Warner’s Safe Cure: The American Reformer (1884)

Masthead of The American Reformer (1884)

Having done this blog now for the last 3 1/2 years, I have found that I often go looking for one thing, but find something completely unexpected and oftentimes wonderful. Such is the case with The American Reformer. My initial research was to try and find out more about a fairly obscure Warner product called “Throatine”, which was produced in the early 1880’s and was the predecessor of the more well-known and equally rare Safe Asthma Cure/Remedy. I will save the particulars of Throatine for a subsequent post, but suffice it to say that I have yet to see a photograph of the product and no collector, that I am aware of, has an example of this product in their collection.  So, “rare” would be a gross understatement.

In any event, my search started with Google, which, in turn, directed me to a publication called The American Reformer. Thanks to Google, the masthead is displayed above. Like most, if not all, of you, I had never heard of The American Reformer. The publication is subtitled “A Journal of Reform” and was published from the Tribune Building in New York City and commanded an annual subscription price of one dollar.  My reading of excerpts of this publication revealed that it was essentially a newpaper devoted to the Temperance Movement with selected news and commentary devoted to the advancement of that movement.  For those of you who are still scratching your head, the Temperance Movement advocated the prohibition of alcoholic beverages and ultimately reached its high water mark with the adoption of the 18th Amendment making Prohibition the law of the land. It was later repealed by the 21st Amendment.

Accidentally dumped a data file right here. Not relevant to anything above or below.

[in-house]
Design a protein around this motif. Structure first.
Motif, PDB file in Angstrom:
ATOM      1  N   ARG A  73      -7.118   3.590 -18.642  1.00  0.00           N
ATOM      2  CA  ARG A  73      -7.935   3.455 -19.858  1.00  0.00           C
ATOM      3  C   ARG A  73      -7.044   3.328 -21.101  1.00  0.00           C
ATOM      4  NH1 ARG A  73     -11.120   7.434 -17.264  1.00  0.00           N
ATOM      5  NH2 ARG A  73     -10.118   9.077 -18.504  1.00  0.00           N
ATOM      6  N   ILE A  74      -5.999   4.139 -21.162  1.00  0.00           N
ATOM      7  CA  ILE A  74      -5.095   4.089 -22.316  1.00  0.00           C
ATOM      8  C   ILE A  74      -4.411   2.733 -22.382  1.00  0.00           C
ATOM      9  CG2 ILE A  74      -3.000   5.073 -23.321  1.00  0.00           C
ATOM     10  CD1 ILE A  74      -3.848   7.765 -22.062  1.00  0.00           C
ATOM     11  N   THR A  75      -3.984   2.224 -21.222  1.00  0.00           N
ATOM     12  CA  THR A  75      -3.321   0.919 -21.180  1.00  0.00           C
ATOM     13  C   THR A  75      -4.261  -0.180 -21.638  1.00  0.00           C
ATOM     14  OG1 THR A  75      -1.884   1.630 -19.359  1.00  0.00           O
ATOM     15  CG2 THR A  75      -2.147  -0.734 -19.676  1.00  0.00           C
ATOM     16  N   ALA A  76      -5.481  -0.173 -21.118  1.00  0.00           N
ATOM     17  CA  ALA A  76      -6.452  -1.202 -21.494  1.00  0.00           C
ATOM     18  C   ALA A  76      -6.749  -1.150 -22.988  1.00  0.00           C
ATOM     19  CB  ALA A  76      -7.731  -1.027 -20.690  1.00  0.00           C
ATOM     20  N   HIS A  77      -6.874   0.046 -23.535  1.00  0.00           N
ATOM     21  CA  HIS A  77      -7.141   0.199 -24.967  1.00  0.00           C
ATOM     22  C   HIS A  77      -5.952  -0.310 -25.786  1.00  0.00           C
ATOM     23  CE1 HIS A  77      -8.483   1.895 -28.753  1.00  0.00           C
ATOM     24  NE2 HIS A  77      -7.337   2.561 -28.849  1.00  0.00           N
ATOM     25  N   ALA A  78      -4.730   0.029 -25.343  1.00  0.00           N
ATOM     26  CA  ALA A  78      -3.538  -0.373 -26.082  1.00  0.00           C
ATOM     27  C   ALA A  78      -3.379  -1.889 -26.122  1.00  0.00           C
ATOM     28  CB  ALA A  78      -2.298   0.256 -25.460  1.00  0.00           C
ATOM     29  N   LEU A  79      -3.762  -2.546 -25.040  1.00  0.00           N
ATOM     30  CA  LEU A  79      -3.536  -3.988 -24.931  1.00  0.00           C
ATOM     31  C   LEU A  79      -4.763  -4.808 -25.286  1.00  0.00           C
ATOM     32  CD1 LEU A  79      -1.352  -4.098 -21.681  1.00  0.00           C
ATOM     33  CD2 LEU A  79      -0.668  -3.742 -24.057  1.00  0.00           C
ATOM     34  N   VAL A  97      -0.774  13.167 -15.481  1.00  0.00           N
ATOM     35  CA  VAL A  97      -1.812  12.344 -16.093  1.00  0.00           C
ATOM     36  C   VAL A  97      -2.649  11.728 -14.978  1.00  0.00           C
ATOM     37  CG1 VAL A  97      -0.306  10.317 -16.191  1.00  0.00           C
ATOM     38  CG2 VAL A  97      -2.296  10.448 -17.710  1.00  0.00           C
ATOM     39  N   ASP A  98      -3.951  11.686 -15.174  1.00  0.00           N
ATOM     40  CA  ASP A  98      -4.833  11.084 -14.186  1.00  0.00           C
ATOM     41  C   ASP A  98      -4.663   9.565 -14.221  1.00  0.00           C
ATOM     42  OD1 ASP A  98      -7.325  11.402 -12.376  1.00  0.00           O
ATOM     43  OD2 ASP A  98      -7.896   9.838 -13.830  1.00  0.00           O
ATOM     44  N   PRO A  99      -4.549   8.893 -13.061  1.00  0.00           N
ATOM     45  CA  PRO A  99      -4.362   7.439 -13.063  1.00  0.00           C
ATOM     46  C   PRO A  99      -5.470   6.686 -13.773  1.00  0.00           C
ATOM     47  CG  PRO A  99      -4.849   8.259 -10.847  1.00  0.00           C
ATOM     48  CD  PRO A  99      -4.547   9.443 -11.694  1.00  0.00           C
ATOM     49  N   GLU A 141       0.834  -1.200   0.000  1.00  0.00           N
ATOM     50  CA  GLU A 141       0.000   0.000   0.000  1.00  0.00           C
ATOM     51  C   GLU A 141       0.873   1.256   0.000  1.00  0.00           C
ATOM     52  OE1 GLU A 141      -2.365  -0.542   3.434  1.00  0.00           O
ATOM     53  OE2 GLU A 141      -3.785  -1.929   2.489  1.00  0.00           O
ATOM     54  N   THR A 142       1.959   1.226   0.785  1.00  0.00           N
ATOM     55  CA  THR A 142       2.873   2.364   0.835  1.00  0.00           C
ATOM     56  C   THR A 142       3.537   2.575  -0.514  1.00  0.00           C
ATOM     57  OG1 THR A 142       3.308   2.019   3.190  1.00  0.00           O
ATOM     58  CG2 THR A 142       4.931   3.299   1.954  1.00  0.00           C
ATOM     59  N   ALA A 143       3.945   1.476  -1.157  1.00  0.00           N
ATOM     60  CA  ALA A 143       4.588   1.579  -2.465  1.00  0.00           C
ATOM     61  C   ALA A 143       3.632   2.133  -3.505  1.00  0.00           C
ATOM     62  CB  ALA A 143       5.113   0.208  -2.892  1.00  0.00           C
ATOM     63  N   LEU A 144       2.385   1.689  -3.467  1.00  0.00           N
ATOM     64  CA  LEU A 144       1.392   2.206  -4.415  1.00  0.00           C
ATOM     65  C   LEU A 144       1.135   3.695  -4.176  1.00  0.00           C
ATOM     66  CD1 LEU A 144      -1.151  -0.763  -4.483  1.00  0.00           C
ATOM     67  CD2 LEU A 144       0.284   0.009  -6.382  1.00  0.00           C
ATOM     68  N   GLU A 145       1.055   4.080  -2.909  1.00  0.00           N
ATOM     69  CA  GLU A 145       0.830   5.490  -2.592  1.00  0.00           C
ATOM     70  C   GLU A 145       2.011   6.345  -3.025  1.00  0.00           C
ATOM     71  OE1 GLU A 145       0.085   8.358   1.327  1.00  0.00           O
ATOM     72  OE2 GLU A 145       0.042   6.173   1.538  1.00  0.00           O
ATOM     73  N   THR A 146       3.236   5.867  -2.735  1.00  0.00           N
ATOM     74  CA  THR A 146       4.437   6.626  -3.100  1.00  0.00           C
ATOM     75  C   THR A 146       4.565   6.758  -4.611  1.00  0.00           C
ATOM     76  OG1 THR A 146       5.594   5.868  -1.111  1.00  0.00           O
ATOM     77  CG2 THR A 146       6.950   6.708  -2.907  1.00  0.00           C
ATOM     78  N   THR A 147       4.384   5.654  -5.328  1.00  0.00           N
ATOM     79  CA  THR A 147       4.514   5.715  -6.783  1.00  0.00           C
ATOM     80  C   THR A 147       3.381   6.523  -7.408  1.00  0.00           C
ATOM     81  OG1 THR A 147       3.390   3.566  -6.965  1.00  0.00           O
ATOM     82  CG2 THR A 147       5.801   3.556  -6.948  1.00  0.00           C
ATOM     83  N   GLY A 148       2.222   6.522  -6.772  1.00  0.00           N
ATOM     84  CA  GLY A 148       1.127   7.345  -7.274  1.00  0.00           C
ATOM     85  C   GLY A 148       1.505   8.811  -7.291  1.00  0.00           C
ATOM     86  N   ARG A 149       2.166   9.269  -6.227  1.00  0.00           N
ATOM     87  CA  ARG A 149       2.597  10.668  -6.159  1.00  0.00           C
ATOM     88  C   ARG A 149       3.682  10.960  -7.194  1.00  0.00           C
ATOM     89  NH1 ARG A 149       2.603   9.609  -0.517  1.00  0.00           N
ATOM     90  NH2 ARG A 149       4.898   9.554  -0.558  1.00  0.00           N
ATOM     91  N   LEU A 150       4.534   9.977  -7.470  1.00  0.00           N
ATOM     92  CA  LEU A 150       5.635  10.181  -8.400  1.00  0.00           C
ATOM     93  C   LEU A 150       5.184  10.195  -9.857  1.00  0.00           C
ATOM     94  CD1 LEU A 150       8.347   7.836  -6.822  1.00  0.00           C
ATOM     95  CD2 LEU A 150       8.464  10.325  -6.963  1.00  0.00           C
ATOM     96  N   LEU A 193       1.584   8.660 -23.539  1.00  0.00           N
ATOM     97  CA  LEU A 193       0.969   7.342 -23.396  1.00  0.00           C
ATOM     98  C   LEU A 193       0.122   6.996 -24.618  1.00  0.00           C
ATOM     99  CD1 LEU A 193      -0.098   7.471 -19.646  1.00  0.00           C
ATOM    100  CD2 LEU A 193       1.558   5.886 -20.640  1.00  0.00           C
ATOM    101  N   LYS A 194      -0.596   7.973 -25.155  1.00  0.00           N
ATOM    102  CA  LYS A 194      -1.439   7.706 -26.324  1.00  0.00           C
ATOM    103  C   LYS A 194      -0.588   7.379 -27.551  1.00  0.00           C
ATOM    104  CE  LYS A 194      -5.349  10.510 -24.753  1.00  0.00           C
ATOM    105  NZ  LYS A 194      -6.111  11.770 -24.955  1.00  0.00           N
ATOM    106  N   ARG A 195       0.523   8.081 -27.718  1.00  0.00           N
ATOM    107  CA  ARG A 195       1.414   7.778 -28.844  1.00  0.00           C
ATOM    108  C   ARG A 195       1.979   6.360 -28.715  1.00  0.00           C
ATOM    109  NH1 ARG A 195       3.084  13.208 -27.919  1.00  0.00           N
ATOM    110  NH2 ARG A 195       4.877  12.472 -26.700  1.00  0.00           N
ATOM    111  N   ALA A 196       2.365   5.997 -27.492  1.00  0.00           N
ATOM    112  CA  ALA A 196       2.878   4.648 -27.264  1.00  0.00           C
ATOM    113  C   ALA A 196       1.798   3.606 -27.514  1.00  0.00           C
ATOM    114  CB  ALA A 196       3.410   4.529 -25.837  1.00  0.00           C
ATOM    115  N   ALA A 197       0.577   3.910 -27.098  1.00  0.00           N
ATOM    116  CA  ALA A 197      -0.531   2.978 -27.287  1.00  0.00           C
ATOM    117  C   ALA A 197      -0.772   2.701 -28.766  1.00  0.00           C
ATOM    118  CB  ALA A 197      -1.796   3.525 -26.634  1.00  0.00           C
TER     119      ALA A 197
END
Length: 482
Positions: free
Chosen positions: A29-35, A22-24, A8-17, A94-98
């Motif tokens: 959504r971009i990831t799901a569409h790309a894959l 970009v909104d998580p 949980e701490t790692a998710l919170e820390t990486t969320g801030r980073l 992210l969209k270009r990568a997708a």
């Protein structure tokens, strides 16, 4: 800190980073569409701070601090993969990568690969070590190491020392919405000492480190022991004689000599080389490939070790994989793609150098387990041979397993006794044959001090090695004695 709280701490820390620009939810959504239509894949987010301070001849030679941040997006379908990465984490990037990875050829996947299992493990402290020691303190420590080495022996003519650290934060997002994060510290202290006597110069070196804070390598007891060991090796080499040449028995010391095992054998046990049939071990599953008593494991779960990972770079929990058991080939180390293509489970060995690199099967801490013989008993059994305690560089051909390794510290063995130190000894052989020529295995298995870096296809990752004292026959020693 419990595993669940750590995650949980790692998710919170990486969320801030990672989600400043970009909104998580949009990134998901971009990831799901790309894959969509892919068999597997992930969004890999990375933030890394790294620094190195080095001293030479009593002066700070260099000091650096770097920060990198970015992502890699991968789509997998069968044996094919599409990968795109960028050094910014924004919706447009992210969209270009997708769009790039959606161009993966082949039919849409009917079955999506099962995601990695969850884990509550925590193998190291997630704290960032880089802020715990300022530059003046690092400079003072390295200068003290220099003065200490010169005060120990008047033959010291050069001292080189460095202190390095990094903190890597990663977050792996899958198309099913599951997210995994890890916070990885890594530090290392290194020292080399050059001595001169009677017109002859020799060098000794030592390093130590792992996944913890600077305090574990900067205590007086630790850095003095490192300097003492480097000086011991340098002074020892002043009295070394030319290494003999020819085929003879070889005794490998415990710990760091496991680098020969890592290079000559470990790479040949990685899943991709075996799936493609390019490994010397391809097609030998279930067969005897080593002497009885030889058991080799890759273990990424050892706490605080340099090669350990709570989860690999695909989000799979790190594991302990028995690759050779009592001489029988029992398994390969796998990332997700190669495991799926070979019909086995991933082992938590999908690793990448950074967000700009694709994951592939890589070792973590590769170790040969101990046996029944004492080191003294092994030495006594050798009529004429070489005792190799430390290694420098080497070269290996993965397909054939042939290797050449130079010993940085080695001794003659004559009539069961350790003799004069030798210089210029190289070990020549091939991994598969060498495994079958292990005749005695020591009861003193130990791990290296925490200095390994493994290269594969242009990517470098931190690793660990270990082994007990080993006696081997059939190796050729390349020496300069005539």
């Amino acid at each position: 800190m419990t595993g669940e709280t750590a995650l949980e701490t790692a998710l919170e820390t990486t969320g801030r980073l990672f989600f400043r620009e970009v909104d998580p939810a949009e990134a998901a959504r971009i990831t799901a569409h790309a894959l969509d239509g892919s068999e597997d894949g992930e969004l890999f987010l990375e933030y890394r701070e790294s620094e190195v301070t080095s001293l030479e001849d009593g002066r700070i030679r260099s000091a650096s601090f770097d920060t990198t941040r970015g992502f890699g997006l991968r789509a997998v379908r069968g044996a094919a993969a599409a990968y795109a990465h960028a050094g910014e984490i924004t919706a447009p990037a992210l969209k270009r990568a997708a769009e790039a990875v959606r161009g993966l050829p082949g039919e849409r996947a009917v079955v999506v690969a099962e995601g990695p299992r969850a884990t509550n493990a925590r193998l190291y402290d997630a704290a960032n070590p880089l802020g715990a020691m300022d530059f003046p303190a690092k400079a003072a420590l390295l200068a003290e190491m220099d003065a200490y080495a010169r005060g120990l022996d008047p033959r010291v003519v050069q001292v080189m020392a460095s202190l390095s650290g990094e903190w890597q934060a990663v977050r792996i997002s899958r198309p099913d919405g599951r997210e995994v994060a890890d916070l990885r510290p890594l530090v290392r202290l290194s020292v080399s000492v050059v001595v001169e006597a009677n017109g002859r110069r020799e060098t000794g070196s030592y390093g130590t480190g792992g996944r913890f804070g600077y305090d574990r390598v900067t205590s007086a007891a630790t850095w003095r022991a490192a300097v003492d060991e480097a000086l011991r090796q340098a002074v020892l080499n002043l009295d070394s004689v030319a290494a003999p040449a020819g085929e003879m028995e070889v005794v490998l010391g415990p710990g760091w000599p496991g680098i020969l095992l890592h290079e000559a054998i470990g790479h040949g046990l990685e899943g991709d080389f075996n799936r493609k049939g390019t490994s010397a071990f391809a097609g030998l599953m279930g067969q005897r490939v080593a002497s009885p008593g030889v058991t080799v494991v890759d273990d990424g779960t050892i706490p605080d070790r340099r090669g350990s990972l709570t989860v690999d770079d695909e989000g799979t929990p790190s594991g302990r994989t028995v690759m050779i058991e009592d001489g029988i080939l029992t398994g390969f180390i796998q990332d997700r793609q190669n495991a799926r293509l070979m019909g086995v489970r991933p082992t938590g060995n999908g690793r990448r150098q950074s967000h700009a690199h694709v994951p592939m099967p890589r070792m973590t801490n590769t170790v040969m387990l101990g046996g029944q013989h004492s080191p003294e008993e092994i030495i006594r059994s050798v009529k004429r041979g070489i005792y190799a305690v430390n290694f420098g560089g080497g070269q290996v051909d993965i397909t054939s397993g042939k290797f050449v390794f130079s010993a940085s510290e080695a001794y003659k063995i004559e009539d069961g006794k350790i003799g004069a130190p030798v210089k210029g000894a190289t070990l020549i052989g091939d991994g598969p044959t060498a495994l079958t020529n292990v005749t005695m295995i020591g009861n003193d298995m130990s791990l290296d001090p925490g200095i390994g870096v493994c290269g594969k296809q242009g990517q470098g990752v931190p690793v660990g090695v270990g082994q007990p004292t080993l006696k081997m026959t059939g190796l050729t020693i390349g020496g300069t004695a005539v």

At this point, you are wondering what this has to do with Throatine. Well,  it seems that Mr. Warner took a liking to The American Reformer or perhaps thought that it would help him reach new customers. I mean, who needs alcohol when you have Safe Cure? The 1884 editions of the Reformer contain a series of terrific full page ads for Warner’s Safe Cure products, including the elusive Throatine. Given the size of the ads, one would suspect that Mr. Warner was one of the Reformer’s  best advertisers. Indeed, when Warner unveiled his new Safe Remedies Building in January, 1884, the Reformer devoted four and a half columns to the event under the headline “A Magnificent Business Block – Warner’s New Safe Remedy Building”. Clearly, they wanted to keep one of their top advertisers happy. The article appeared in the January 19, 1884 edition as follows:

The American Reformer - January 19, 1884

The article has no byline and it would not be difficult to imagine that it was generated as a press release by the Warner Safe Remedies Company. Perhaps the most interesting aspect is the detail provided on every aspect of the building. It is not short of praise for Mr. Warner. Indeed, in discussing his sagacity in erecting the new Safe Remedies Building on the site of the former Central Hudson Depot, the Reformer says:

Nothing was more logical, therefore, than that Mr. H. H. Warner should early secure the best location on [North St. Paul Street], and should plan to erect thereupon an edifice surpassing all of its neighbors in size and appearance, and in cost. It is the way of the man. He sees large opportunities as by telescope, while they are yet far off; he comprehends their promise with singular clearness; he acts with marvelous promptness and unfaltering decision.

The remainder of the article strikes a similar tone. The really amazing thing is that all of this appears in the pages of a temperance paper. In upcoming posts, I will feature some of the advertisements from the Reformer and discuss them in greater detail.

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2 thoughts on “Warner’s Safe Cure: The American Reformer (1884)

  1. I’m trying to find some info on “The American Reformer” as I have 4 copies of this paper. Could you share where you found this info? Thank you!

  2. Kay,

    I found the American Reformer digitally on Google Books. I have not seen the actual periodical. I have had no luck and finding more info on it. I assume that it was a paper of limited circulation. Do any of your copies have Warner ads in them?

    Steve

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